- Don’t shake the isolated child’s dirty clothes to “minimize the possibility of dispersing virus through the air.”
- Wear disposable gloves when cleaning the child’s bedroom or bath, but then toss them before moving on to other cleaning chores. “Clean hands immediately after gloves are removed,” the CDC said.
- Dedicate a lined trash can for any tissues or other paper or disposable products used by an isolated or sick person, the CDC says, adding that caregivers should “use gloves when removing garbage bags, handling and disposing of trash. Wash hands after handling or disposing of trash.”
- Have everyone in the house wash their hands at every opportunity. Clean and disinfect all those commonly shared surfaces — don’t forget the refrigerator and microwave handles.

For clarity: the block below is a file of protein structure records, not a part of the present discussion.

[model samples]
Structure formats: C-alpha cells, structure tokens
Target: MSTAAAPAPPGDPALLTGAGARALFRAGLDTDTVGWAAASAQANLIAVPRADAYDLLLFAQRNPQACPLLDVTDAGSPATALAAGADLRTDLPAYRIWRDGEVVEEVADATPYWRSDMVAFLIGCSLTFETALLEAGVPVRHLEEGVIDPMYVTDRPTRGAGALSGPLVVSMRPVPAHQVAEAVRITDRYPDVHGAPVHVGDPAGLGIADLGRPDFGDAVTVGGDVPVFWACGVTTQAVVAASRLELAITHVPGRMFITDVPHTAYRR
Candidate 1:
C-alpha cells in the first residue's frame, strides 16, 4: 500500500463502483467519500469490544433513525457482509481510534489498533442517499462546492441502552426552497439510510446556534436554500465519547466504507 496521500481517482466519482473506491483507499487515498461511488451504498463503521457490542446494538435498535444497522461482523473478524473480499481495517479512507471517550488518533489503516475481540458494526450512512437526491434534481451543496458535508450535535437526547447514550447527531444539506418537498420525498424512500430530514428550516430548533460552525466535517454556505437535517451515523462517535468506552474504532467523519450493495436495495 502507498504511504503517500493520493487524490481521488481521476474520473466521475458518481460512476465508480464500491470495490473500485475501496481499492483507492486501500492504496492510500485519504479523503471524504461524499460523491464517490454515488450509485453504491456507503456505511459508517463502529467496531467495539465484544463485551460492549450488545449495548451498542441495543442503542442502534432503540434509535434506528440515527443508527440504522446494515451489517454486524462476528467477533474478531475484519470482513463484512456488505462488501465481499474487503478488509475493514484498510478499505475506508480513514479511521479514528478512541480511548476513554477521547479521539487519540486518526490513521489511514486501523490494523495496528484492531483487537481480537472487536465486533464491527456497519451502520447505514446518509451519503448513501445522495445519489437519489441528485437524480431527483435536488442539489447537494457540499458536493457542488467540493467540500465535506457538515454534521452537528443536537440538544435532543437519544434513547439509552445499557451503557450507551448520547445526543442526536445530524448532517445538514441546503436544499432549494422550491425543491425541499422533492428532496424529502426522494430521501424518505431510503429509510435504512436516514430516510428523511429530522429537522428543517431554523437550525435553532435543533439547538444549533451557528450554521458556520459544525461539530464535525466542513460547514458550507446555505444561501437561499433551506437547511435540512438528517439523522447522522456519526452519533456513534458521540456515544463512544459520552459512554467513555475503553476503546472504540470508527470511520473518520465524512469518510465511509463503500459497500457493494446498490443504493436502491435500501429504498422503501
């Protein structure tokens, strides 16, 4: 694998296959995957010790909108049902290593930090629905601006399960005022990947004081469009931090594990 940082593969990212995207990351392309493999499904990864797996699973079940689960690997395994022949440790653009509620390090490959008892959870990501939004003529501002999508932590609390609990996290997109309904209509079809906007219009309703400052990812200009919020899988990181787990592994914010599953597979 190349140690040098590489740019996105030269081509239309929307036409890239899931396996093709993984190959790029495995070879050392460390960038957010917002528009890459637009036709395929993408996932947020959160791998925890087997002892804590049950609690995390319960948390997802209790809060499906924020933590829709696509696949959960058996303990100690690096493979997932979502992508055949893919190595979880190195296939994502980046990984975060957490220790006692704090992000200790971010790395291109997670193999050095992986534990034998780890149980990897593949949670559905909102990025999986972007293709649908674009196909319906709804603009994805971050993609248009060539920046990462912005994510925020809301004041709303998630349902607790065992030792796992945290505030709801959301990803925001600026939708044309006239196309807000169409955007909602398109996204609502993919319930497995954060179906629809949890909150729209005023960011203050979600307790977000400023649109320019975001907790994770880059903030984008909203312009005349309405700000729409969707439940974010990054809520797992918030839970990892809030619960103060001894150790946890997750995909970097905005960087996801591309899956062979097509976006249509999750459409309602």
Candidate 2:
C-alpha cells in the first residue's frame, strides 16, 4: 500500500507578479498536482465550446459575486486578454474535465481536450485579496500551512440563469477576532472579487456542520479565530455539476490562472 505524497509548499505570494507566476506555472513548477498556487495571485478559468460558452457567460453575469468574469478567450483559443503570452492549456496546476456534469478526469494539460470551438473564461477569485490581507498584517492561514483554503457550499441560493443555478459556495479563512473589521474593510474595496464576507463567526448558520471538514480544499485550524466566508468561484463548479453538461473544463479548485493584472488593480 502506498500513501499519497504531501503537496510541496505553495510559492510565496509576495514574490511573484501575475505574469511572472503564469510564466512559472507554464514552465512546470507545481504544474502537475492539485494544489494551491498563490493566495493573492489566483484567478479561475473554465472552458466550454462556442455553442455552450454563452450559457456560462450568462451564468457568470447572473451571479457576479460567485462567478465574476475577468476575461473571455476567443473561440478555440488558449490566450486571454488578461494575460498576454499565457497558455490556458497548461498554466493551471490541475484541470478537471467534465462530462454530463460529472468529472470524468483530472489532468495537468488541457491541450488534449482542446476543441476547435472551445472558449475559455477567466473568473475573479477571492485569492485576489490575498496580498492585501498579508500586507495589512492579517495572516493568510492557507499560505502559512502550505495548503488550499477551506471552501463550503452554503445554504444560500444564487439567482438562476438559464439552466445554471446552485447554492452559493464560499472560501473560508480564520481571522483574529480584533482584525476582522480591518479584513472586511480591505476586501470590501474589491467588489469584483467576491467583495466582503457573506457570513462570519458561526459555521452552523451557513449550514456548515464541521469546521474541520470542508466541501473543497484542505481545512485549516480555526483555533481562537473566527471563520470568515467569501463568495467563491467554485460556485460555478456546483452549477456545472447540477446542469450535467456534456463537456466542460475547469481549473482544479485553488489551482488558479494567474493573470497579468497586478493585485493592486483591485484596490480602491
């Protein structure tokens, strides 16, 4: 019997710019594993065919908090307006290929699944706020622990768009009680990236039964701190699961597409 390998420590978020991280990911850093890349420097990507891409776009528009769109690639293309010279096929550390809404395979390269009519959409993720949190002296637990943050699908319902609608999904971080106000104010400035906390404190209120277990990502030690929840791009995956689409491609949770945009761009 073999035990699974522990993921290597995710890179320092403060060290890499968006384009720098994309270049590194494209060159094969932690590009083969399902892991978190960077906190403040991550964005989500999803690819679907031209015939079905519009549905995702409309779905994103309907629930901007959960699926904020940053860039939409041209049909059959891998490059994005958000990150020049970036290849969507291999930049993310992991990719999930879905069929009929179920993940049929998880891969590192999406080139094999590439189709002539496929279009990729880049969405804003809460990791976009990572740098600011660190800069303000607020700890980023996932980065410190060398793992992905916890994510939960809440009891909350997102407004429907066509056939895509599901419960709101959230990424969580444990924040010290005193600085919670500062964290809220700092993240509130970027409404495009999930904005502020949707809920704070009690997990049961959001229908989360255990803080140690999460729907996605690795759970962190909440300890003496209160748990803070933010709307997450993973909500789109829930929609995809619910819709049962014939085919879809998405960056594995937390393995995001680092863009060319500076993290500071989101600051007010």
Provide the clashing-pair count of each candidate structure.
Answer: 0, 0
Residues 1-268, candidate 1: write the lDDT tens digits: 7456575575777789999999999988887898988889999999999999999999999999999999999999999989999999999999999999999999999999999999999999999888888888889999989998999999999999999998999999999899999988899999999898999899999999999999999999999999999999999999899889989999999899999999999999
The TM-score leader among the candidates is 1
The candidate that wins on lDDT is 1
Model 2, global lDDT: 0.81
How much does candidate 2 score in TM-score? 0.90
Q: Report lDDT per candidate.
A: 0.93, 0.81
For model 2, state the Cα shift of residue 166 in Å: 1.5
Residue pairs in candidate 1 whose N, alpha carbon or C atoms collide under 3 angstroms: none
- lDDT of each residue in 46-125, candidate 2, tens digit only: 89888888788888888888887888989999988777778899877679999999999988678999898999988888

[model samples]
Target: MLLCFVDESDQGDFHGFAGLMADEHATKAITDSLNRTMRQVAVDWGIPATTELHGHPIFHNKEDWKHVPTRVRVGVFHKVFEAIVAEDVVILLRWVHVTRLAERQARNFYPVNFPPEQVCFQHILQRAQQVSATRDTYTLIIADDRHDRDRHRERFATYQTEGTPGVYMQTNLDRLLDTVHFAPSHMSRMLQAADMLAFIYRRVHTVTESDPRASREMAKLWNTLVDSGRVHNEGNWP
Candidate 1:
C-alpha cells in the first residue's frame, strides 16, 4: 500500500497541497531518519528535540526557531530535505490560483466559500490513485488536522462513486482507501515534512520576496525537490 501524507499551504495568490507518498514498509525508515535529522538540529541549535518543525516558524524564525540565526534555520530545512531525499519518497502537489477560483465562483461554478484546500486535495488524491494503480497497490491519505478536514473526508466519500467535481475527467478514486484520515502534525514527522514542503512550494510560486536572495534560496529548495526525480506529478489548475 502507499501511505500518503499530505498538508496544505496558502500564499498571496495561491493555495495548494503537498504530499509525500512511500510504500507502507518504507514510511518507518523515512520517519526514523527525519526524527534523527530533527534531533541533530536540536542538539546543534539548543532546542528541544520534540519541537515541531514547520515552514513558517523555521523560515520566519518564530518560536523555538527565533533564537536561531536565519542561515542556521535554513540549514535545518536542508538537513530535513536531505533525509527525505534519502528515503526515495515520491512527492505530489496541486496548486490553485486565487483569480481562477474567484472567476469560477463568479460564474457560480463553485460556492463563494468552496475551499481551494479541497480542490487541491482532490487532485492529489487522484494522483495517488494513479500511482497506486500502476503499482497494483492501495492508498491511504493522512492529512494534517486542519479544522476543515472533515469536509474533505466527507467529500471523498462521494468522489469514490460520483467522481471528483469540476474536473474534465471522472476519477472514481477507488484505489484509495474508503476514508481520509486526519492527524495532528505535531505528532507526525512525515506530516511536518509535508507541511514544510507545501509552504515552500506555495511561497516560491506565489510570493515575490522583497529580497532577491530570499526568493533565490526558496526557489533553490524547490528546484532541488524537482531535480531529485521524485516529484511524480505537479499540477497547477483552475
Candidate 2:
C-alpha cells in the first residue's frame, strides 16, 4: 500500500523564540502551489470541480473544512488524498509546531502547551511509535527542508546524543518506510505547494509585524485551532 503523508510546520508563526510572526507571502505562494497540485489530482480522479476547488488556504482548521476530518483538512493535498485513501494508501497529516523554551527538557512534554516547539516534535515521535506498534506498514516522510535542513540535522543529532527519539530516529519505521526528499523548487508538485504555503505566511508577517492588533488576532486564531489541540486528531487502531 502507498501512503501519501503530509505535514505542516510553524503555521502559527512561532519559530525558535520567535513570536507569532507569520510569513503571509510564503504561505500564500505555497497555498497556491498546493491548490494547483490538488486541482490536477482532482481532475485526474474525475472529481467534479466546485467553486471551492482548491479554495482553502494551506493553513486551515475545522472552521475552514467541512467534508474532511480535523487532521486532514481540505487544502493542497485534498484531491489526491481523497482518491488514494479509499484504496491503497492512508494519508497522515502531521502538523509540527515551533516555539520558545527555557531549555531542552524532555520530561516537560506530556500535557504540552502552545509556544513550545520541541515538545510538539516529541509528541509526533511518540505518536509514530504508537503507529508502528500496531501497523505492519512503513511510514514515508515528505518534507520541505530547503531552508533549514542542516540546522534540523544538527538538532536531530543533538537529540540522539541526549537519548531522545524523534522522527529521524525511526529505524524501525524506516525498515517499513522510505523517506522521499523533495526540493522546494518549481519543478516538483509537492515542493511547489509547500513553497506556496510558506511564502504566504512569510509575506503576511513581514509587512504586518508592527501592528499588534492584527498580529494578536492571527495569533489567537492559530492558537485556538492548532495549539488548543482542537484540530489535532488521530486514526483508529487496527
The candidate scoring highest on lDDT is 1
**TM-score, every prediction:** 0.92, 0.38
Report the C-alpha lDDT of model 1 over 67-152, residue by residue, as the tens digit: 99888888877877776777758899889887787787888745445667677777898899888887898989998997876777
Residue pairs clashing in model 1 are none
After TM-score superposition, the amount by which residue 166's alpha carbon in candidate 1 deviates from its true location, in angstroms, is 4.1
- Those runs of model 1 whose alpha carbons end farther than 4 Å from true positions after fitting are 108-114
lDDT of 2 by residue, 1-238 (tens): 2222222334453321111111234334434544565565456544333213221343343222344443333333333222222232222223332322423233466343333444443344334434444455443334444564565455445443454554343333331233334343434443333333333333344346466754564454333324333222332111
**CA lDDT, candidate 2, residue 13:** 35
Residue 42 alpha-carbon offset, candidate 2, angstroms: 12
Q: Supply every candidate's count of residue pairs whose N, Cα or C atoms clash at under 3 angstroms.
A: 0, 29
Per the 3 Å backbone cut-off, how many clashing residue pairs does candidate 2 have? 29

Keep everyone else in the home separate from the child and the adult caregiver who is caring for them for the period of the isolation, Wen said. Be especially cautious to protect people in the household who are unvaccinated or at high risk for severe outcomes from COVID-19.
“For example an immunocompromised child or older adult with severe underlying conditions — try to keep that person on the other side of the house or in some area where there is no shared public space,” Wen said.
When can your child go back to school?
That could depend on the extent of your child’s risk when exposed, subsequent symptoms, school policies and more, so keep in close contact with your child’s school and your pediatrician.
Minimum requirements by the CDC for a child with symptoms include the following:
- It has been at least 10 days since symptoms started
- Overall symptoms have improved
- The child has no fever for at least 24 hours (without fever-reducing medication)